Adjaye Associates unveiled its design for the Edo Museum of West African Art (EMOWAA). Investigating the archaeology of the Kingdom of Benin, including buried remains below the site, the EMOWAA Archaeology Project is set to start in 2021, involving the Legacy Restoration Trust (LRT) and the British Museum with the local communities, the Benin Royal Court, the Government of Edo State, and the National Commission for Museums and Monuments (NCMM).
Appointed to undertake the initial concept and urban planning work on the new museum, Adjaye Associates will use “archaeology as a means of connecting the new museum into the surrounding landscape, by revitalizing and incorporating the surviving remains of the walls, moats and gates of the historic city, seen throughout the modern city today”. Acknowledging the importance of the buried archaeological remains, the excavation of the site will become part of the visitor’s experience.
Part of a wider scheme to revitalize the cultural core of Benin City, the EMOWAA and the archaeology project will be the drive behind the city’s economic revitalization. Supporting the contemporary arts community in Benin, the museum will house West African art and artefacts, currently within international collections, “presenting the wider histories that these represent”. Seeking to focus on Benin’s history, the project “will create new opportunities to address […] also the painful history of the invasion and destruction of Benin”. Moreover, this intervention will look at new ways of engaging local communities, through workshops, publications, talks and digital content, reconnecting local people with their history and highlighting the significance of the history of the Kingdom of Benin.
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From an initial glance at the preliminary design concept, one might believe this is a traditional museum but, really, what we are proposing is an undoing of the objectification that has happened in the West through full reconstruction. Applying our research into Benin’s extraordinary ruins, the city’s orthogonal walls and its courtyard networks, the museum design reconstructs the inhabitation of these forms as pavilions that enable the reconceptualization of artefacts. Decoupling from the Western museum model, the EMOWAA will perform as a retouching tool - a place for recalling lost collective memories of the past to instil an understanding of the magnitude and importance of these civilizations and cultures. -- David Adjaye.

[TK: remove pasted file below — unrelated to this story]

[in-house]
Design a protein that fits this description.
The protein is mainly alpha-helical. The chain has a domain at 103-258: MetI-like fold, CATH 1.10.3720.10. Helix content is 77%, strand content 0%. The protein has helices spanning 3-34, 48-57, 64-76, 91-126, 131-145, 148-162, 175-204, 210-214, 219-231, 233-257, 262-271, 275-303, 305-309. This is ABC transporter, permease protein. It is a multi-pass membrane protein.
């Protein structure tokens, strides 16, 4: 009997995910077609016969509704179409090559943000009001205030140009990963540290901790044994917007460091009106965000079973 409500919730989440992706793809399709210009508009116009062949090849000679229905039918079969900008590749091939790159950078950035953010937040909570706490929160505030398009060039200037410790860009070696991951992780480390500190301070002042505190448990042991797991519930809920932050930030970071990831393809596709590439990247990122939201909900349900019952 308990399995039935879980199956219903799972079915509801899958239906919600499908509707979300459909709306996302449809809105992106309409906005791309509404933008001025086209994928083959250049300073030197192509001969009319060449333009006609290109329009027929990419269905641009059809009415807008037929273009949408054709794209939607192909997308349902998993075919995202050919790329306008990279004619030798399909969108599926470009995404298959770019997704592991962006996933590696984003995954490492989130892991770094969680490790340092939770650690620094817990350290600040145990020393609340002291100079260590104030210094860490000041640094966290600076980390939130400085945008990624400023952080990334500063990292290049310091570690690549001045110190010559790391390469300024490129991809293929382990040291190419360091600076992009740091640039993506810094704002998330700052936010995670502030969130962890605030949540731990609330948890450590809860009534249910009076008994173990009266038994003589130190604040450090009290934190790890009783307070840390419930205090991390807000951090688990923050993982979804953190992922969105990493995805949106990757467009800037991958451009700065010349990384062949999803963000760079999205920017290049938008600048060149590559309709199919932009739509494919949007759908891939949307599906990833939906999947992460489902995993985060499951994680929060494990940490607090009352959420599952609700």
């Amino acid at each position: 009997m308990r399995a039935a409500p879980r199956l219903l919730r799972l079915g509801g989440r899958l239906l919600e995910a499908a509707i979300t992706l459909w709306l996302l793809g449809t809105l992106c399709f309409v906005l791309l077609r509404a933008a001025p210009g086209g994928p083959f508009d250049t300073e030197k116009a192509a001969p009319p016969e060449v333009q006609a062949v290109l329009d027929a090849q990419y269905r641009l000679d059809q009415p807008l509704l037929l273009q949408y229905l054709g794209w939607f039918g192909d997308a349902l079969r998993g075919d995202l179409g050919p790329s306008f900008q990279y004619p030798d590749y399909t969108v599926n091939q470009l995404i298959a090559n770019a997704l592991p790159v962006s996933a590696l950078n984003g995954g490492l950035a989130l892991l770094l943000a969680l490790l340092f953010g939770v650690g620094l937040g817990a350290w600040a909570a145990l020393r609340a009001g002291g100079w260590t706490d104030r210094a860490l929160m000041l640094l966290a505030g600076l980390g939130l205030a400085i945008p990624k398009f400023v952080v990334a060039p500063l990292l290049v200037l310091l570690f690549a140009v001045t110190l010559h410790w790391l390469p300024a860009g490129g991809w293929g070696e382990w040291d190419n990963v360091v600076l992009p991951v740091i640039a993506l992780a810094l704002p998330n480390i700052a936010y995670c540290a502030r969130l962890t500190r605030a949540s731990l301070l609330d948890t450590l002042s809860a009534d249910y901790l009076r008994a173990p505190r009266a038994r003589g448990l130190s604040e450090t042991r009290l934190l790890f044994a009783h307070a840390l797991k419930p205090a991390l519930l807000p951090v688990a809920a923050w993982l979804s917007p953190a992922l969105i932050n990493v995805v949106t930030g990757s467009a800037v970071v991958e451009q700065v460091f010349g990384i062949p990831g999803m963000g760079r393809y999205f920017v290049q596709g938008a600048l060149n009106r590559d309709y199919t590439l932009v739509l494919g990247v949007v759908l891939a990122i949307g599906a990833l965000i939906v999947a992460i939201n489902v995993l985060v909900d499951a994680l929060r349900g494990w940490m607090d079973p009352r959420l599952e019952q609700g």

Inspired by its surrounding historical architectural typologies, the new EMOWAA “establishes its own courtyard in the form of a public garden, exhibiting a variety of indigenous flora and a canopy that offers shade […] galleries float above the gardens and are articulated by a series of elevated volumes - an inversion of the courtyard typology – within each of which sit pavilions which take their form from fragments of reconstructed historic compounds”. Containing the rich, regal and sacred objects of Benin’s past, arranged in their pre-colonial context, the museum allows visitors to look out into the visual landscape, and imagine the once historic borders of a restored ancient kingdom.
Starting in 2021 and continuing for a period of five years, initial archaeological work will include surveys of the museum site and the wider surroundings, nevertheless, the focus of excavations and fieldwork will be at the new museum site and in the immediate surroundings. On that subject, Governor Godwin Obaseki stated that “the construction of a world-class museum in the historic part of Benin City requires archaeological work to ensure historic remains buried below the ground at the museum construction site are preserved and recorded, and artefacts can be catalogued and preserved for display and to become part of the future collections of the new museum”.